•  By John Nelson

    “If the fruit be not ripe, it will draw a man’s mouth to much torment.”— attributed to Capt. John Smith of Jamestown


  • Living historians will demonstrate what life was like in 18th century Brunswick Town during Port Brunswick Day from 10 a.m. to 4 p.m. Saturday, Oct. 24, at the historic site overlooking the lower Cape Fear River.

    Visitors will have opportunity to try their hand at the militia drill, visit with a colonial dentist, take a turn in the stocks and pillory, dip their own beeswax candles, stencil and quill-write, make their own tricorn hats and other assorted activities that were a way of life in the colonial settlement during the 1700s.

  • Spooky fun awaits those daring to cross over to the Old Sunset Beach Bridge during Halloween at the Old Bridge from 5 to 7 p.m. Saturday, Oct. 24, at 109 Shoreline Drive West in Sunset Beach. Come to the bridge with your favorite ghosts and goblins and enjoy the festivities including games and treats. If you have questions, or in case of inclement weather, go to the Old Bridge Facebook page or website, oldbridgepreservationsociety.org, or call 363-6585.

  • Just in time for Halloween, Brunswick Little Theatre is conjuring up Noel Coward’s sophisticated romantic comedy, “Blithe Spirit,” in six stage performances starting Oct. 23 and continuing through Nov. 1.

    A hilarious show launched in London's West End in 1941, “Blithe Spirit” tells the story of upper-crust novelist Charles Condomine, who commissions an at-home seance with clairvoyant Madame Arcati as entertainment and research for his next book.

  • Author J. Peter “Pete” Hoyer will be at Hickmans Crossroads Library at 1040 Calabash Road at 3 p.m. Thursday, Oct. 29, to sign copies of his new book, “Characters on the Green: Everyday Golfers are the Real Characters of the Game.”

    The book is described as witty, sarcastic and humorously captivating, showcasing “real episodes with real golfers,” and deemed “real funny.”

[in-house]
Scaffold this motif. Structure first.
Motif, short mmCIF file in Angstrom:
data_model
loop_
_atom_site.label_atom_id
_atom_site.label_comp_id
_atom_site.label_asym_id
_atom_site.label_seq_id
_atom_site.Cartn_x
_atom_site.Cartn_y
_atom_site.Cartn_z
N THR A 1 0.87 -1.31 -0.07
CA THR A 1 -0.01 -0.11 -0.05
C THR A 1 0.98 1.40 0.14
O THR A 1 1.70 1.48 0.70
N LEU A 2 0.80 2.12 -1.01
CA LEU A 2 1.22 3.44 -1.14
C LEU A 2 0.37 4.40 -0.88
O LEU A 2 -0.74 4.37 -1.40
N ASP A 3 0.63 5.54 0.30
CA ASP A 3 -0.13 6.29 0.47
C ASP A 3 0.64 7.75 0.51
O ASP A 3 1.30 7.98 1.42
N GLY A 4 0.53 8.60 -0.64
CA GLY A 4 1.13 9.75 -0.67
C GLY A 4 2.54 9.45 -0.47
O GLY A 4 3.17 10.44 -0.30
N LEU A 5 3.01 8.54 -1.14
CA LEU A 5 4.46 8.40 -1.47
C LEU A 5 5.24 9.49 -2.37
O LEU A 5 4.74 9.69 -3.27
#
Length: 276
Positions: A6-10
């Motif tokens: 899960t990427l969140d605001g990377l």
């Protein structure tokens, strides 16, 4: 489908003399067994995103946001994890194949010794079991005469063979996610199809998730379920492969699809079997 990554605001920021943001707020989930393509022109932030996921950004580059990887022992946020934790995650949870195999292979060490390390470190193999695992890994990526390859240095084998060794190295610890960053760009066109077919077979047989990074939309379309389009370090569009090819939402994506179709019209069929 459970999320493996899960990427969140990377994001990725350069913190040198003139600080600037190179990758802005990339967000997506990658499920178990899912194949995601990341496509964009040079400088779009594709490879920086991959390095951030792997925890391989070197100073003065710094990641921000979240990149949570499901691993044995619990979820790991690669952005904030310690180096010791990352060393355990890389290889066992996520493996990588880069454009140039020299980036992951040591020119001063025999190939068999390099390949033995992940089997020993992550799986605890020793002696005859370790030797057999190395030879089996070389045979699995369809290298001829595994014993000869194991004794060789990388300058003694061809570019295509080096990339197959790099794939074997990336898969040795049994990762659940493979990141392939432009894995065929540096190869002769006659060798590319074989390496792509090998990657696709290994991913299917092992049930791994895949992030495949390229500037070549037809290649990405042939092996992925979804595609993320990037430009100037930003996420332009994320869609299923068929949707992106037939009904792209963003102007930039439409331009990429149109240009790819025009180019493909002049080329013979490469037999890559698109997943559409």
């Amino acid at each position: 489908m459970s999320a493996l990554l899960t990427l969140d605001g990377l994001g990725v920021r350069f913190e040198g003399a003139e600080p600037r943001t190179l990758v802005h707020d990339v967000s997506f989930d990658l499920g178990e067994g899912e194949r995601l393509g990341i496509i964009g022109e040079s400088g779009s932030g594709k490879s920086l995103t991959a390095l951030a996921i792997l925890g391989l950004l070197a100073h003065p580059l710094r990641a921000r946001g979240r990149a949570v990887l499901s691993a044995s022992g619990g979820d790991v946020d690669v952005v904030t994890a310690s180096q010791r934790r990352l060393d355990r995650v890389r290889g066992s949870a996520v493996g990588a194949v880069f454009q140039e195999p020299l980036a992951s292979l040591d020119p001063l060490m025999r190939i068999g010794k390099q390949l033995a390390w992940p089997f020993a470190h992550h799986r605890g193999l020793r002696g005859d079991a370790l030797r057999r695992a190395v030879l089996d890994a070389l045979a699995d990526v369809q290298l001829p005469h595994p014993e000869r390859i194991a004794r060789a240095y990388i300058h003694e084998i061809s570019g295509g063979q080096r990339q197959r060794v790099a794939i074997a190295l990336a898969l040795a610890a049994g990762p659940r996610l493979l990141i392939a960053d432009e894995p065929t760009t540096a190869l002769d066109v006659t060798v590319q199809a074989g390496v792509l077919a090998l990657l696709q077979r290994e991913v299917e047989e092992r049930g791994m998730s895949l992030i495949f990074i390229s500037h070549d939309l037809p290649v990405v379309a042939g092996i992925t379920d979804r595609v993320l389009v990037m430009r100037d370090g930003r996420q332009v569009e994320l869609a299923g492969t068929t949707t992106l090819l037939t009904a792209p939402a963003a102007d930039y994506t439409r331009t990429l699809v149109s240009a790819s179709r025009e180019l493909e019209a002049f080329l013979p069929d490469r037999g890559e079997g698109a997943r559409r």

By Linda Arnold


    Yesterday is history. Tomorrow’s a mystery. Today is a gift. That’s why it’s called the present.

    If only we’d heed these wise words from cartoonist Bill Keane, we could experience such contentment in our lives! When you’re depressed, it’s because you’re living in the past. And when you’re anxious, it’s because you’re living in the future.

  •  I know you do it. Most people occasionally give their pets “people foods.” Contrary to what you may have heard, feeding people foods to pets isn’t always a bad thing, especially if you’re giving healthy options. Here are five of my favorite super foods for dogs. You may be surprised at what you can safely –– and nutritiously –– feed your dog from the table.

  •  By John Nelson

    This week, two mystery plants –– a pair of plants that fit perfectly into the season at hand!

  • October means Oyster Festival in Ocean Isle Beach.

    The 35th annual North Carolina Oyster Festival is unfolding this weekend, Oct. 17 and 18, in the Brunswick Islands town, same times and place — 9 a.m. to 6 p.m. Saturday and 10 a.m. to 5 p.m. Sunday on the island between Second and Third streets.

    The Brunswick County Chamber of Commerce is staging the 35th annual North Carolina Oyster Festival, presented by Novant Health.

  • For many years, The United Kingdom Ukulele Orchestra, aka TUKUO, has been crossing the pond to entertain United States audiences.

    Brunswick County will be added to the mix when the quirky British band of small-time strummers bring their “I Got Uke Babe!” talents to the next subscription series concert at Brunswick Community College’s Odell Williamson Auditorium at 7:30 p.m. Thursday, Oct. 22.